Another very good question. The answer is that all of the Standstills stay in except the fourth one (if you are running it) which comes out only on the draw. I was initially hesitant to play a fast Standstill against Shops or Landstill because of the fear of opposing Factories. What I've learned is that you ignore it and play the Standstill turn 1 if possible. The reason for this is that you are able to use Standstill as an actual stall card. I would rather break my own Standstill at 6 life at EoT on Turn 10 with 6 lands and no Spheres in play than get bullrushed on their first turn. It's totally worth the 3 cards that they will discard and I will not draw from that particular Standstill. I lost only 1 game to low life from this approach (double factory, triple Wasteland) while winning over a dozen directly because of it.

    What usually happens is you play something at EoT that often bounces or kills their Mishra, or you play Dig through Time, Ancestral, Brainstorm, or Snapcaster and then you untap unimpeded with a huge mana base and the usual array of blue options that tends to end up with players taking 3 turns in a row and passing back with some planeswalker, more creatures, and a Null Rod in play. This is so much better than keeping Standstill in hand and facing an Inspector, Overseer, Thorn, and 6 mana on the table "because I was scared of Mishra's Factory." 🙂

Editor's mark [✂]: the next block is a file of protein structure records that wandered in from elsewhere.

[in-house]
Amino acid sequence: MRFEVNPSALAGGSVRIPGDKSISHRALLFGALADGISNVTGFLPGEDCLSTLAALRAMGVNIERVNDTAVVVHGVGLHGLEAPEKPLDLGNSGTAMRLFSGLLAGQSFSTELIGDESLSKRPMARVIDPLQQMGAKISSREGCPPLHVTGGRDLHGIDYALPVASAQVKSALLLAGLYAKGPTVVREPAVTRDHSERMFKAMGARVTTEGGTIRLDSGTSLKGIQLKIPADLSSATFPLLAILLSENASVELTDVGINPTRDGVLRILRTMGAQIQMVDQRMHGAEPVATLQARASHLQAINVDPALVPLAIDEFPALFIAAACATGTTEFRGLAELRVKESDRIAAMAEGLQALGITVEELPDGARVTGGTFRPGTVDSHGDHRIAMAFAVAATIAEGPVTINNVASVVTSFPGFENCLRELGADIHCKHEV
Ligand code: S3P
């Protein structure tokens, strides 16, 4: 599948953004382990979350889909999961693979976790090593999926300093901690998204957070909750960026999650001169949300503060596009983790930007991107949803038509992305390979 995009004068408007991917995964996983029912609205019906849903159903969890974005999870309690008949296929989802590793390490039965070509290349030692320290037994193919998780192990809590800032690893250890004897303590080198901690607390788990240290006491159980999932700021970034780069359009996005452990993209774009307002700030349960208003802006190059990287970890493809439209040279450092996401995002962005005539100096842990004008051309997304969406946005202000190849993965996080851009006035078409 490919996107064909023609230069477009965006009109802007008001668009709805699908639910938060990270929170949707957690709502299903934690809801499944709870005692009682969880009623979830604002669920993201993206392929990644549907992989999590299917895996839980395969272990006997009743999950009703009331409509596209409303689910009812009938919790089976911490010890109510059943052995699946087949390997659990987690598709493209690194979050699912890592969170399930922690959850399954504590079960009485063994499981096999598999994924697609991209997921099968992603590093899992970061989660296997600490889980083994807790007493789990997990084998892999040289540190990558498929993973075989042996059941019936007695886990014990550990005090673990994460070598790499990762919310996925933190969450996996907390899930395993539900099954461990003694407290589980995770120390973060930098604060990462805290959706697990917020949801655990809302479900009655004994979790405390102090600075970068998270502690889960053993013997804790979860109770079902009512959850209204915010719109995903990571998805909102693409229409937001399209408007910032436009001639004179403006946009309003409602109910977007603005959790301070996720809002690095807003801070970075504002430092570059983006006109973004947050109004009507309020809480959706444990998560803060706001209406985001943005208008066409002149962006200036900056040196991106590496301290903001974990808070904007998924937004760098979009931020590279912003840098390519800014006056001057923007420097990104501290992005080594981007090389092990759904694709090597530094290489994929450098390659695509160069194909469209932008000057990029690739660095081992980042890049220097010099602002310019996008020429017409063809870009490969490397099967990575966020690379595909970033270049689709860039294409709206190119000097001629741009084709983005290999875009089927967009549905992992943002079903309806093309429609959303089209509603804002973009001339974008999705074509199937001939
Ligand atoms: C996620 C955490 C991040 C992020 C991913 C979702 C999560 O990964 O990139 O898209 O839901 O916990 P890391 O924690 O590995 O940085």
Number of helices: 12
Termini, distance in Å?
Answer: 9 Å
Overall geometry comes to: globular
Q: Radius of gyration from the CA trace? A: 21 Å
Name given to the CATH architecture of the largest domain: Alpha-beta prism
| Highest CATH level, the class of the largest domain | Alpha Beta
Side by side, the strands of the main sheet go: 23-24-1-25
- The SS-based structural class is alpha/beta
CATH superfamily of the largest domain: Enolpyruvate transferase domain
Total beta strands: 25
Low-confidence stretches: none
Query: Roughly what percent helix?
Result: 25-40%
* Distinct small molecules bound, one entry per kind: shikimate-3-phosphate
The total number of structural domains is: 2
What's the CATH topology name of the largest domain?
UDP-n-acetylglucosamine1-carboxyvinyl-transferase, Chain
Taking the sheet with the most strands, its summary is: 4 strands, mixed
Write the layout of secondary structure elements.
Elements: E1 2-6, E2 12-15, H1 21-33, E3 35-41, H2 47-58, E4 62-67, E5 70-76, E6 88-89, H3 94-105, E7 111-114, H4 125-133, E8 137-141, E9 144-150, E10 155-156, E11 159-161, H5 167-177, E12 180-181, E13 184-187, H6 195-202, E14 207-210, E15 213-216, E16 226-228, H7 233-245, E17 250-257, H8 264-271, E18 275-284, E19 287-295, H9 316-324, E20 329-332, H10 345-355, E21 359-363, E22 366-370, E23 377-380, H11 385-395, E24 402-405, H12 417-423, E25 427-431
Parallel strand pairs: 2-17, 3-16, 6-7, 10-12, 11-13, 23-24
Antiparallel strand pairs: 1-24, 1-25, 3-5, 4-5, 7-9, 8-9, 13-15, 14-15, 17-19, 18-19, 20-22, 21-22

This is an eye opener! And a perfect example of what I meant with doing something counterintuitive (at least for me) and just trying it out. For me the question would be, how do you come to the idea to test out just playing the standstill.
    In hindsight, this seems completely reasonable. It's a 4-for-1 for your opponent (disregarding the discarding) that buys you a lot of time. That is not a lot different from casting 2 force of wills to 4-for-2 yourself to buy some time in the early turns.

    Does the equation change a lot between the different (workshop) archtypes? Terra Nova seems to be the most capable of deploying the manlands and waste effects. Then again, after reading your explanation, that might nog even seem that bad. You might need to break the standstill a turn earlier to preserve enough life, but that seems to be it. But then again, that is me theorycrafting without any real experience. So to you the question, how is that in practice?

    Also, would a deck like merfolk pose a problem preboard? They have the manlands, in addition to playinng some permission to capitalize better on you breaking the standstill. They also play creatures to make the board unfavorable for a standstill really quickly. Not that it is a heavily played deck, but it is always on the fringes I guess.



  • @brass-man I look forward to following this podcast once you have them on Google Play!